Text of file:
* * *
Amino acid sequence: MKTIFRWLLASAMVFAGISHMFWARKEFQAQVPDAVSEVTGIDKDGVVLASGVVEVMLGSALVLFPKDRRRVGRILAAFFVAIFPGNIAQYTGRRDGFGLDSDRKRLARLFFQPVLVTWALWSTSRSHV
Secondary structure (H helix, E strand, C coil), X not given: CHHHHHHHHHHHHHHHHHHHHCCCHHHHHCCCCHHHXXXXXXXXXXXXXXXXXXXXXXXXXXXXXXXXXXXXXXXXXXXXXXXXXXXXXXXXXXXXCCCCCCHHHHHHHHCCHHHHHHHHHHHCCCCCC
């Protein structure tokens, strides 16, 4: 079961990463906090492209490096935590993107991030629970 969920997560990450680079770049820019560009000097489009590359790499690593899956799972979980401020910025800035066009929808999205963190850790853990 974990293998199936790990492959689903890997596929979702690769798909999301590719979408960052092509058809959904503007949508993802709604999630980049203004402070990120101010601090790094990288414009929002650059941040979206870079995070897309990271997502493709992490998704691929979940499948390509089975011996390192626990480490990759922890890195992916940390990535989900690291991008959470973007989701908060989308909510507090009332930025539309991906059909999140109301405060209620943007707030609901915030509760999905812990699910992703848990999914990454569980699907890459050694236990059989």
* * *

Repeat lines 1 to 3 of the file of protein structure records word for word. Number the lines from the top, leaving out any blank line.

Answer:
Amino acid sequence: MKTIFRWLLASAMVFAGISHMFWARKEFQAQVPDAVSEVTGIDKDGVVLASGVVEVMLGSALVLFPKDRRRVGRILAAFFVAIFPGNIAQYTGRRDGFGLDSDRKRLARLFFQPVLVTWALWSTSRSHV
Secondary structure (H helix, E strand, C coil), X not given: CHHHHHHHHHHHHHHHHHHHHCCCHHHHHCCCCHHHXXXXXXXXXXXXXXXXXXXXXXXXXXXXXXXXXXXXXXXXXXXXXXXXXXXXXXXXXXXXCCCCCCHHHHHHHHCCHHHHHHHHHHHCCCCCC
């Protein structure tokens, strides 16, 4: 079961990463906090492209490096935590993107991030629970 969920997560990450680079770049820019560009000097489009590359790499690593899956799972979980401020910025800035066009929808999205963190850790853990 974990293998199936790990492959689903890997596929979702690769798909999301590719979408960052092509058809959904503007949508993802709604999630980049203004402070990120101010601090790094990288414009929002650059941040979206870079995070897309990271997502493709992490998704691929979940499948390509089975011996390192626990480490990759922890890195992916940390990535989900690291991008959470973007989701908060989308909510507090009332930025539309991906059909999140109301405060209620943007707030609901915030509760999905812990699910992703848990999914990454569980699907890459050694236990059989």